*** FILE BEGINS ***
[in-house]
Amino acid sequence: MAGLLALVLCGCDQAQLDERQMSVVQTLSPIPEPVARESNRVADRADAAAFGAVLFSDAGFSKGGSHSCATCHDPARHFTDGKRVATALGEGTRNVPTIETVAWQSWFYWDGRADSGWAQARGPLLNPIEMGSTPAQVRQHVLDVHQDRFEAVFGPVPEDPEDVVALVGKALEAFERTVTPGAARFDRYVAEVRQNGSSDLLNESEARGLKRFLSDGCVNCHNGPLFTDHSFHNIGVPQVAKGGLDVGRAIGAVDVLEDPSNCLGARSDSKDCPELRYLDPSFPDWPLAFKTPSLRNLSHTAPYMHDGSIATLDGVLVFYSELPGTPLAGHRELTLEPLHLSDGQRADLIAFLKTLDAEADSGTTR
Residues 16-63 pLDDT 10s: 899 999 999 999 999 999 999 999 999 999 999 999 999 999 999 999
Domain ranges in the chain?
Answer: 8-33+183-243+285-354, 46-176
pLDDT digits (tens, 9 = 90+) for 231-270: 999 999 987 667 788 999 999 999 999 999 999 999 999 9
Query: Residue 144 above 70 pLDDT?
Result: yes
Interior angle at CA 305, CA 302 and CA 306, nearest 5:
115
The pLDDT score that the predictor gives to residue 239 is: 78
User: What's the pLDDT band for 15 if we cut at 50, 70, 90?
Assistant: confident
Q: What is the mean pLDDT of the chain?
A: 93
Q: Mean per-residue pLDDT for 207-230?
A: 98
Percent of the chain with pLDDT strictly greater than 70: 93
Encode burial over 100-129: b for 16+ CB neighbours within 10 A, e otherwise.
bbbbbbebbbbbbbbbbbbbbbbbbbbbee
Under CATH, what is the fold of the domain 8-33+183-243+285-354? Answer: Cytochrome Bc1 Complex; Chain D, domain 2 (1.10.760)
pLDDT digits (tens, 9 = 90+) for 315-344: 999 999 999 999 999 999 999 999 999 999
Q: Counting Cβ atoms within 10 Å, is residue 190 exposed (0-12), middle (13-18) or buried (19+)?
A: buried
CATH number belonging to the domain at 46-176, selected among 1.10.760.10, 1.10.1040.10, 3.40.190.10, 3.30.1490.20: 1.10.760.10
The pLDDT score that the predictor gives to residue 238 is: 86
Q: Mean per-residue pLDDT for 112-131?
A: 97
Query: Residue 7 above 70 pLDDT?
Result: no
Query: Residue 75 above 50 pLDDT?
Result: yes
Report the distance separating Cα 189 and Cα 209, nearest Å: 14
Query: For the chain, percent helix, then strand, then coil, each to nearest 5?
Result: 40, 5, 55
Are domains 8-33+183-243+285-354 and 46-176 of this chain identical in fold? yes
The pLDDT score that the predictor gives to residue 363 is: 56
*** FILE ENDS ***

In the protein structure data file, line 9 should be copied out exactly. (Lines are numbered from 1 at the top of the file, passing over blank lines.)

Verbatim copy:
Interior angle at CA 305, CA 302 and CA 306, nearest 5: